I am attempting to implement a new trait for a String that has a function that capitalizes the first letter of each String and un-capitalizes the rest. I am basing the function's interface on to_uppercase() and to_lowercase() in the Rust Standard Library.

use std::io;

trait ToCapitalized {
    fn to_capitalized(&self) -> String;
}

impl ToCapitalized for String {
    fn to_capitalized(&self) -> String {
        self.chars().enumerate().map(|(i, c)| {
            match i {
                0 => c.to_uppercase(),
                _ => c.to_lowercase(),
            }
        }).collect()
    }
}

fn main() {
    let mut buffer = String::new();
    io::stdin().read_line(&mut buffer).ok().expect("Unable to read from stdin.");

    println!("{}", buffer.to_capitalized());
}

This code is based on a suggestion given here, but the code is outdated and causes multiple compilation errors. The only issue I am having with my implementation now is the following error:

src/main.rs:10:13: 13:14 error: match arms have incompatible types [E0308]
src/main.rs:10             match i {
                           ^
src/main.rs:10:13: 13:14 help: run `rustc --explain E0308` to see a detailed explanation
src/main.rs:10:13: 13:14 note: expected type `std::char::ToUppercase`
src/main.rs:10:13: 13:14 note:    found type `std::char::ToLowercase`
src/main.rs:12:22: 12:38 note: match arm with an incompatible type
src/main.rs:12                 _ => c.to_lowercase(),

So in short, the return values of fn to_uppercase(&self) -> ToUppercase and fn to_lowercase(&self) -> ToLowercase can't be collected together because the map now has multiple return types.

I've attempted trying to cast them to another common Iterator type such as Bytes and Chars, but these iterator types can't be collected to form a String. Any suggestions?

Casting is rarely a good approach to solving type issues in Rust. The correct solution here would be to write (or find a crate that defines) a type that unifies disparate iterator types. But that would require effort, so it's simpler to just throw collect out the window:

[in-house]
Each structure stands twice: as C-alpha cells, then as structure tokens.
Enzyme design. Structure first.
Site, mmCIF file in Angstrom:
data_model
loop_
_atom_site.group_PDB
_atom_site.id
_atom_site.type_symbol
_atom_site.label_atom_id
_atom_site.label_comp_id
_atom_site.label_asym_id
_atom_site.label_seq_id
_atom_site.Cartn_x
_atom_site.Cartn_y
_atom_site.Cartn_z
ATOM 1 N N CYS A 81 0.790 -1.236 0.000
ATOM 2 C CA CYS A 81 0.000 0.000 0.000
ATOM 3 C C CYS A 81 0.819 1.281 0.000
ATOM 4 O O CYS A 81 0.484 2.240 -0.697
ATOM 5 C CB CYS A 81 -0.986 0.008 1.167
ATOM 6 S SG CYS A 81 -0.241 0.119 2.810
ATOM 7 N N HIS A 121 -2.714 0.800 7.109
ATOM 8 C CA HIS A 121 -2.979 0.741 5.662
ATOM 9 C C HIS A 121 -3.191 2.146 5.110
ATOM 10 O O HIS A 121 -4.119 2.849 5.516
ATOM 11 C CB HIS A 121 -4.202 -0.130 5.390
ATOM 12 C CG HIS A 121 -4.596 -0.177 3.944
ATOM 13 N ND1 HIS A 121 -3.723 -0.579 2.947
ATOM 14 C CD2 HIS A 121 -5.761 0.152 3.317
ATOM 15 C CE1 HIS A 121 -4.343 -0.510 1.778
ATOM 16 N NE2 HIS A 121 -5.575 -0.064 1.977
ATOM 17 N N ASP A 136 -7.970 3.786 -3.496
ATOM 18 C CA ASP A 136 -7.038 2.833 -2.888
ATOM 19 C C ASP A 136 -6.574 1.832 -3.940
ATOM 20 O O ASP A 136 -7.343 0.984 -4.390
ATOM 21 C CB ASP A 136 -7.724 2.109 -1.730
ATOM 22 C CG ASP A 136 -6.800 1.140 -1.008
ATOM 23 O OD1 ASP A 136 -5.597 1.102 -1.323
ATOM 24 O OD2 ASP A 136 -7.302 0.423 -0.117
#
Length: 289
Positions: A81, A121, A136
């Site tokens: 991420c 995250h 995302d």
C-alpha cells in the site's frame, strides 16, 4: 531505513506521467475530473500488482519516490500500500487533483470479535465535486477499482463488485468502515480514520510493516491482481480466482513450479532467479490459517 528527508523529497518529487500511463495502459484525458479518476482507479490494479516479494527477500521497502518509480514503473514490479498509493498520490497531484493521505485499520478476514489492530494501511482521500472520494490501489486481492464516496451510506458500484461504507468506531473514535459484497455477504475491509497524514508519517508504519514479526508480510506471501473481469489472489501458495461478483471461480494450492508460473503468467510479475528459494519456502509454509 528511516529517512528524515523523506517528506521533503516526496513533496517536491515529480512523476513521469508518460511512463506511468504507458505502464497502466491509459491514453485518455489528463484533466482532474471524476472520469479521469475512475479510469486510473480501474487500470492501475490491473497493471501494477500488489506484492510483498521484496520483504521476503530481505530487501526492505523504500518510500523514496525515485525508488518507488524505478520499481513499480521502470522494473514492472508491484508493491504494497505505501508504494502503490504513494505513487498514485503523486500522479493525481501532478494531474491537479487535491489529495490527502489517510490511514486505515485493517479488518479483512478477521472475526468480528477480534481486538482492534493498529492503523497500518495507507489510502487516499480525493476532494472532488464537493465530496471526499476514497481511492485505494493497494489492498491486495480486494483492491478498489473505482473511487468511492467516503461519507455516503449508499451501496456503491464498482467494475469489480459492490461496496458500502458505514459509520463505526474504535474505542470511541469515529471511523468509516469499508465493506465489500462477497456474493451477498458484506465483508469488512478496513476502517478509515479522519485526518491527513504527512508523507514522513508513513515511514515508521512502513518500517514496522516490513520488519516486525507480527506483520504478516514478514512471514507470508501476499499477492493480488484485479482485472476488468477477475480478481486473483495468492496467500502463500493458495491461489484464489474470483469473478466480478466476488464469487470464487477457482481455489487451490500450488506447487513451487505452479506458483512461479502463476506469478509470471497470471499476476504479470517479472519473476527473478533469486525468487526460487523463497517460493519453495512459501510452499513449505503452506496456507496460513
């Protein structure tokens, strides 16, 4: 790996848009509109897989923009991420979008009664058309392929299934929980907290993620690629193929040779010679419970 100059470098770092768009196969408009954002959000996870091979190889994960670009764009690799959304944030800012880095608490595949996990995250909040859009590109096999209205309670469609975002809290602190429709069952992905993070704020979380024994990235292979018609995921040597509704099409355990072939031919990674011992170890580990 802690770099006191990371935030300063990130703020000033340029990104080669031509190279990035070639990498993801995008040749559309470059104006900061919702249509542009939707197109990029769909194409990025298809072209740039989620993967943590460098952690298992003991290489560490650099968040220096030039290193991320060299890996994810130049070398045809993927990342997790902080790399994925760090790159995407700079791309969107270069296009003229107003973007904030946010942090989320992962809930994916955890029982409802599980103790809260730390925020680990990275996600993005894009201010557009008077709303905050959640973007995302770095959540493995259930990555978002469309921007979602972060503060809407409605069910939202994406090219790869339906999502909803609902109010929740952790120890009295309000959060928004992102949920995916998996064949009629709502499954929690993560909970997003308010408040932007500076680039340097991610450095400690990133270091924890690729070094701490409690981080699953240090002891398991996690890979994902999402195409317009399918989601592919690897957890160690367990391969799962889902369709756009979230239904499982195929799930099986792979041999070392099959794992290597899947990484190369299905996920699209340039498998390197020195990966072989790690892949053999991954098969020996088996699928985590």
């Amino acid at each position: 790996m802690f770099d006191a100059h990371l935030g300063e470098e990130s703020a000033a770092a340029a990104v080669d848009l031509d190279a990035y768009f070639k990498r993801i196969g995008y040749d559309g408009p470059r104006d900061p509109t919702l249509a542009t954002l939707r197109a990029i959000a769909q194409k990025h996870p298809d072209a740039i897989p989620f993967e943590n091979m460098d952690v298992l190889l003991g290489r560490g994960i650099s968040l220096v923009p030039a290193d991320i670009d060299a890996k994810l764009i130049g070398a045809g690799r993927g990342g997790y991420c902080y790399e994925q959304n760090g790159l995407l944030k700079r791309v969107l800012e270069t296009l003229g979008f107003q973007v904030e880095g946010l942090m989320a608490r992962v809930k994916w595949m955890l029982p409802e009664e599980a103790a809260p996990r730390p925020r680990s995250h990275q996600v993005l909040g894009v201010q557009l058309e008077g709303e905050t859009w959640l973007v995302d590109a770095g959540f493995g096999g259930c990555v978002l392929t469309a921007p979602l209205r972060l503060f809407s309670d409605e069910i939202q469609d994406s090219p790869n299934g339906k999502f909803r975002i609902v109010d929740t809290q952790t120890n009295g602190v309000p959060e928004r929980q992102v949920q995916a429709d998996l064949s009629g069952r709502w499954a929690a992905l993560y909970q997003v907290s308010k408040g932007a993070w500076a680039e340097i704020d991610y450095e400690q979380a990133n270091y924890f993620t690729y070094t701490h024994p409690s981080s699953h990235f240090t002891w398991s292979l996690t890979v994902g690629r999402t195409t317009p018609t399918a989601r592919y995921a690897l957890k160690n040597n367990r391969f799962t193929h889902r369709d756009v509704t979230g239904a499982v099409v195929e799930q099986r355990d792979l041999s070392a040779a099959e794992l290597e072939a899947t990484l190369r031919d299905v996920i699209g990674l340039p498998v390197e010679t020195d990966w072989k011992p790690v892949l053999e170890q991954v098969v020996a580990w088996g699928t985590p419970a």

trait ToCapitalized {
    fn to_capitalized(&self) -> String;
}

impl ToCapitalized for String {
    fn to_capitalized(&self) -> String {
        let mut r = String::with_capacity(self.len());
        for (i, c) in self.chars().enumerate() {
            match i {
                0 => r.extend(c.to_uppercase()),
                _ => r.extend(c.to_lowercase()),
            }
        }
        r
    }
}

fn main() {
    let buffer = String::from("canberra");
    println!("{}", buffer.to_capitalized());
}

This is, more or less, what collect would do anyway if you had some type to represent "either ToUppercase or ToLowercase". In the vast majority of cases, this will also only perform a single allocation.

  • There probably is an Iterator type somewhere in the stdlib, but I doubt any of us will be able to find it. Honestly, I feel that there are too many, but I digress. This looks like the best solution because it simply forgoes the collect call for a similar for loop, which I think would be the smartest approach. Thanks for your input. – Jared Jul 13 '16 at 5:04
up vote 2 down vote accepted

After looking at the implementation for pub fn to_uppercase(&self) -> String here, I devised a solution that is a bit of a hybrid between Dogbert and DK.'s solutions and the implementation given in the standard library. It even works with Unicode!

fn to_capitalized(&self) -> String {
    match self.len() {
        0 => String::new(),
        _ => {
            let mut s = String::with_capacity(self.len());
            s.extend(self.chars().next().unwrap().to_uppercase());
            s.extend(self.chars().skip(1).flat_map(|c| c.to_lowercase()));
            return s;
        }
    }
}

Working Rust Playground Example

Edit: For greater visibility, Shepmaster's simplified and optimized solution:

fn to_capitalized(&self) -> String {
    let mut s = String::with_capacity(self.len());
    let mut chars = self.chars(); 

    s.extend(chars.by_ref().take(1).flat_map(|c| c.to_uppercase()));
    s.extend(chars.flat_map(|c| c.to_lowercase()));

    s
}

Here's how I would do it:

trait ToCapitalized {
    fn to_capitalized(&self) -> String;
}

impl ToCapitalized for String {
    fn to_capitalized(&self) -> String {
        match self.chars().next() {
            Some(c) => {
                c.to_uppercase()
                    .chain(self.chars().skip(1).flat_map(|c| c.to_lowercase()))
                    .collect()
            }
            None => String::new(),
        }
    }
}

fn main() {
    println!("{}", "fOoBaR".to_string().to_capitalized());
}

This will be a little slower than the ideal solution, as it decodes the first char twice, but it's quite readable IMO.

Output:

Foobar
  • @Jared it won't leak memory (the Boxes would get deallocated as soon as collect is done using them), but it would be terribly inefficient. Please see the edited answer. – Dogbert Jul 13 '16 at 5:03

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